We know how hard our ancestors worked for we have learned that my father’s uncle Prospero Marchesi (1876 – 1940), worked long days in his own forge at Cima Villa, Poschiavo, and in the evening, also helped in the Mulino when necessary.

All the machinery on the site was originally driven by a waterwheel set in a millstream, diverted off the River Poschiavino. The waterwheel was replaced in the 1930’s by a turbine, when Federico Marchesi took over the operation of the Mulino. There is a complicated system of belts which allows different machines to operate according to the required task. Health and safety considerations had much lower priority, and we think that Giovanni Pietro Marchesi (1849 -1905), father of Federico, lost his life in a tragic accident in the mill. We have been unable to find any details about this.

The millstream, where local women washed their clothes, has been restored, and some of our relations can remember using this in the 1950’s. Soap was made with a mixture of pigs’ fat and ashes, and in various places around Poschiavo and San Carlo, the millstreams can still be seen.

It is likely that the children of Giuseppe Marchesi and Anna Maria Gaigher were born in this house, including Federico Marchesi who subsequently went to Australia with three of his brothers. Each of the 8 vivant siblings received 1/8 of the house when their father Giuseppe died in 1889, and subsequently, Giovanni Pietro Marchesi bought the entire property from his siblings.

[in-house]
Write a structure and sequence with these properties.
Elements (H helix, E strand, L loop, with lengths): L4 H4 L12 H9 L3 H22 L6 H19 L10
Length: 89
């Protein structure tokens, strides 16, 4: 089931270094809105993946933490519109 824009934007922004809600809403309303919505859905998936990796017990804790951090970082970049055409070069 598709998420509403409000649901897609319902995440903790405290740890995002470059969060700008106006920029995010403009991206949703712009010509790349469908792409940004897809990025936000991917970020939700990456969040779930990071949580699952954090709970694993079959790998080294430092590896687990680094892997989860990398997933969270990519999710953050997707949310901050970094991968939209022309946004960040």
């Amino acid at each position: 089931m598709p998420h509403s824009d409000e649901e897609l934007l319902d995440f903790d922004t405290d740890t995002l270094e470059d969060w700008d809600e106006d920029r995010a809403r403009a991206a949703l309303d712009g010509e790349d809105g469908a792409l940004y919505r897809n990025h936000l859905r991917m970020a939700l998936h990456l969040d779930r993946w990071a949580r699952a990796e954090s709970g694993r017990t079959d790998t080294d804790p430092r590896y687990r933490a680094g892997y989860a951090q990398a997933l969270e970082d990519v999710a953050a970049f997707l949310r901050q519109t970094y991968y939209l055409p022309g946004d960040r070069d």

Federico & Eugenia Marchesi can be seen working in the mill in the photograph taken in the 1960’s, the period when it was last in operation. My father and I met him by the mill in 1969, as he sat by the roadside sharpening a scythe. Federico had emigrated to Canada and the United States in the 30’s but returned to San Carlo when his mother was ill. She died in 1938 and he had intended to go back to America, but he had married in the meantime and remained in San Carlo with his wife. During the 1930’s, he installed some of the machinery which can now be seen operating very effectively. In the later years, Federico and Eugenia concentrated on processing buckwheat, also known as saraceno or black flour. It grows well in poorer soil and at altitude and has long been cultivated in Asia, Russia and parts of Europe. In the Valtellina and Valposchiavo, it is used to make pasta, gnocchi and pizzocheri, a very nourishing and tasty peasant dish including the simple ingredients of potatoes, vegetables, butter and cheese. Buckwheat is not a cereal and is widely used in gluten free diets.